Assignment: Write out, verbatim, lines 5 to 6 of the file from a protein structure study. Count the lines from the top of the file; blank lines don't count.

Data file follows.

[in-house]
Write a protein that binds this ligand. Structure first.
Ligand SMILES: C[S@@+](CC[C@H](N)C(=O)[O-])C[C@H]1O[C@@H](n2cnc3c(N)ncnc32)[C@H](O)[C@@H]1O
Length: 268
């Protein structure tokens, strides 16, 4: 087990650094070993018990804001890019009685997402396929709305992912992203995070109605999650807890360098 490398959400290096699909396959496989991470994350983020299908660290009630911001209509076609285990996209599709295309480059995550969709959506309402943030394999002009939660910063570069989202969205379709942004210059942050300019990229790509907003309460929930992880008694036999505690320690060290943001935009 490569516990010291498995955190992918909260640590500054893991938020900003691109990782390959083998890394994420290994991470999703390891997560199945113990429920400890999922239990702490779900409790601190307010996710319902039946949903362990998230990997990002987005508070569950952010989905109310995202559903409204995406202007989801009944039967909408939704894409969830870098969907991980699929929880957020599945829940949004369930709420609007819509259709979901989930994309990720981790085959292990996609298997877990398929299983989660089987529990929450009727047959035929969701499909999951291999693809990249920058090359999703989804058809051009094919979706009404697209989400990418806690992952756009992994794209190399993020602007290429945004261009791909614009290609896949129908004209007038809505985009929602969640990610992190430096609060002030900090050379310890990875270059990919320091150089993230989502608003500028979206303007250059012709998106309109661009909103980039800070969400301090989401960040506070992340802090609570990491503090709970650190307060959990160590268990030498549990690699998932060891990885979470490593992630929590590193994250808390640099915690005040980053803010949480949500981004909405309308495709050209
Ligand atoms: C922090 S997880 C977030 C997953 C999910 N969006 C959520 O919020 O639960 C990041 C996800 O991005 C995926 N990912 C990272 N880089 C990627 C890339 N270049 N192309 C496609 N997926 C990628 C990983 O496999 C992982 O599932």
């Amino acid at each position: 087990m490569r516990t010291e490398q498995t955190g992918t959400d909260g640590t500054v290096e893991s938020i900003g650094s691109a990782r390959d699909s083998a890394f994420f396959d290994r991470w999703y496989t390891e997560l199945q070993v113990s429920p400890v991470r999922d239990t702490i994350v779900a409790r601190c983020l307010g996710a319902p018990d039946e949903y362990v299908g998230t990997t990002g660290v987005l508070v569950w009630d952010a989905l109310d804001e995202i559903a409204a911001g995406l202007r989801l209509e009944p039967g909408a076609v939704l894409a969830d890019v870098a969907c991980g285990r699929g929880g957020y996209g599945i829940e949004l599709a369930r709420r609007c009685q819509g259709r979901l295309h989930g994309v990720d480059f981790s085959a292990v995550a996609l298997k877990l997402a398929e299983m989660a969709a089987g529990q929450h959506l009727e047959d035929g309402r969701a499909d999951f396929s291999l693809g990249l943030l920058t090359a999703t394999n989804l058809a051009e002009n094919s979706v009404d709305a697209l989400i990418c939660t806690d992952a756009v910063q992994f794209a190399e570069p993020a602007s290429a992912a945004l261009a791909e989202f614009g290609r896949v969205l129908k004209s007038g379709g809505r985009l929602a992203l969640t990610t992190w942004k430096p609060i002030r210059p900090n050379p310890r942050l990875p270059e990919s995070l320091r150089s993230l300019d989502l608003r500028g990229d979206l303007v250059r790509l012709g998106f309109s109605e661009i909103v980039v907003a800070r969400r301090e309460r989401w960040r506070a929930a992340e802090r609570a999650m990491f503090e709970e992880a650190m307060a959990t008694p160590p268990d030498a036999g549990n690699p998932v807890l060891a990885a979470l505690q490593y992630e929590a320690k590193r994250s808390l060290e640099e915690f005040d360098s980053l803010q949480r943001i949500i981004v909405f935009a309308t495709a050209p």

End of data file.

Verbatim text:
């Protein structure tokens, strides 16, 4: 087990650094070993018990804001890019009685997402396929709305992912992203995070109605999650807890360098 490398959400290096699909396959496989991470994350983020299908660290009630911001209509076609285990996209599709295309480059995550969709959506309402943030394999002009939660910063570069989202969205379709942004210059942050300019990229790509907003309460929930992880008694036999505690320690060290943001935009 490569516990010291498995955190992918909260640590500054893991938020900003691109990782390959083998890394994420290994991470999703390891997560199945113990429920400890999922239990702490779900409790601190307010996710319902039946949903362990998230990997990002987005508070569950952010989905109310995202559903409204995406202007989801009944039967909408939704894409969830870098969907991980699929929880957020599945829940949004369930709420609007819509259709979901989930994309990720981790085959292990996609298997877990398929299983989660089987529990929450009727047959035929969701499909999951291999693809990249920058090359999703989804058809051009094919979706009404697209989400990418806690992952756009992994794209190399993020602007290429945004261009791909614009290609896949129908004209007038809505985009929602969640990610992190430096609060002030900090050379310890990875270059990919320091150089993230989502608003500028979206303007250059012709998106309109661009909103980039800070969400301090989401960040506070992340802090609570990491503090709970650190307060959990160590268990030498549990690699998932060891990885979470490593992630929590590193994250808390640099915690005040980053803010949480949500981004909405309308495709050209
Ligand atoms: C922090 S997880 C977030 C997953 C999910 N969006 C959520 O919020 O639960 C990041 C996800 O991005 C995926 N990912 C990272 N880089 C990627 C890339 N270049 N192309 C496609 N997926 C990628 C990983 O496999 C992982 O599932």